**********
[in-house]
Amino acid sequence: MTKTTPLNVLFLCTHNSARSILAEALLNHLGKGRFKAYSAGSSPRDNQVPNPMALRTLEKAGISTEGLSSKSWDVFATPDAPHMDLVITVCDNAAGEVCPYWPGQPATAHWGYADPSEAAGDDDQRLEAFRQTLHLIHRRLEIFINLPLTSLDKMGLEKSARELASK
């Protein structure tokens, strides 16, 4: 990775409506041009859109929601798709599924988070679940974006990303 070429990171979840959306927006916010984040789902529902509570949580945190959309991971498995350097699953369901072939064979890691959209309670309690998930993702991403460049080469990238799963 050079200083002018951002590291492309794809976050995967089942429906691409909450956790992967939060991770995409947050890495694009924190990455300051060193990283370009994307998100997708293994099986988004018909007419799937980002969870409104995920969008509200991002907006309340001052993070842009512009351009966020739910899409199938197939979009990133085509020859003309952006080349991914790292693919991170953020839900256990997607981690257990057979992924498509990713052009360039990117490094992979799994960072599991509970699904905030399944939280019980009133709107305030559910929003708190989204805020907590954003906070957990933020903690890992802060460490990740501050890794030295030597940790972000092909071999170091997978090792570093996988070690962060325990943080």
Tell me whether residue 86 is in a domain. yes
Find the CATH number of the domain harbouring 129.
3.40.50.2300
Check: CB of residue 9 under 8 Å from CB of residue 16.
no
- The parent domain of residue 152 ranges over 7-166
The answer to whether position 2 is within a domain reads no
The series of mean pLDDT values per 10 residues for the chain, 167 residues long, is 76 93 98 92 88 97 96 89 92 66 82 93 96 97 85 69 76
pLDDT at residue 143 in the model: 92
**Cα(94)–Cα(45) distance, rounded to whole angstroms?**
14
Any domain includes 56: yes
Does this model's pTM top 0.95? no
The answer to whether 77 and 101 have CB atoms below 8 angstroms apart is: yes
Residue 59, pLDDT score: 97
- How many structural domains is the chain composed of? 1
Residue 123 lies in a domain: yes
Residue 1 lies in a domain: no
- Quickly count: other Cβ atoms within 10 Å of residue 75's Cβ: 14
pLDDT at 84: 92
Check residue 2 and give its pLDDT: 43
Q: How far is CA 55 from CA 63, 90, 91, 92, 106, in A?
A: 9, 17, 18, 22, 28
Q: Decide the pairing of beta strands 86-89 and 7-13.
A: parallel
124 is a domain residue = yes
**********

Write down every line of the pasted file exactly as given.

[in-house]
Amino acid sequence: MTKTTPLNVLFLCTHNSARSILAEALLNHLGKGRFKAYSAGSSPRDNQVPNPMALRTLEKAGISTEGLSSKSWDVFATPDAPHMDLVITVCDNAAGEVCPYWPGQPATAHWGYADPSEAAGDDDQRLEAFRQTLHLIHRRLEIFINLPLTSLDKMGLEKSARELASK
């Protein structure tokens, strides 16, 4: 990775409506041009859109929601798709599924988070679940974006990303 070429990171979840959306927006916010984040789902529902509570949580945190959309991971498995350097699953369901072939064979890691959209309670309690998930993702991403460049080469990238799963 050079200083002018951002590291492309794809976050995967089942429906691409909450956790992967939060991770995409947050890495694009924190990455300051060193990283370009994307998100997708293994099986988004018909007419799937980002969870409104995920969008509200991002907006309340001052993070842009512009351009966020739910899409199938197939979009990133085509020859003309952006080349991914790292693919991170953020839900256990997607981690257990057979992924498509990713052009360039990117490094992979799994960072599991509970699904905030399944939280019980009133709107305030559910929003708190989204805020907590954003906070957990933020903690890992802060460490990740501050890794030295030597940790972000092909071999170091997978090792570093996988070690962060325990943080």
Tell me whether residue 86 is in a domain. yes
Find the CATH number of the domain harbouring 129.
3.40.50.2300
Check: CB of residue 9 under 8 Å from CB of residue 16.
no
- The parent domain of residue 152 ranges over 7-166
The answer to whether position 2 is within a domain reads no
The series of mean pLDDT values per 10 residues for the chain, 167 residues long, is 76 93 98 92 88 97 96 89 92 66 82 93 96 97 85 69 76
pLDDT at residue 143 in the model: 92
**Cα(94)–Cα(45) distance, rounded to whole angstroms?**
14
Any domain includes 56: yes
Does this model's pTM top 0.95? no
The answer to whether 77 and 101 have CB atoms below 8 angstroms apart is: yes
Residue 59, pLDDT score: 97
- How many structural domains is the chain composed of? 1
Residue 123 lies in a domain: yes
Residue 1 lies in a domain: no
- Quickly count: other Cβ atoms within 10 Å of residue 75's Cβ: 14
pLDDT at 84: 92
Check residue 2 and give its pLDDT: 43
Q: How far is CA 55 from CA 63, 90, 91, 92, 106, in A?
A: 9, 17, 18, 22, 28
Q: Decide the pairing of beta strands 86-89 and 7-13.
A: parallel
124 is a domain residue = yes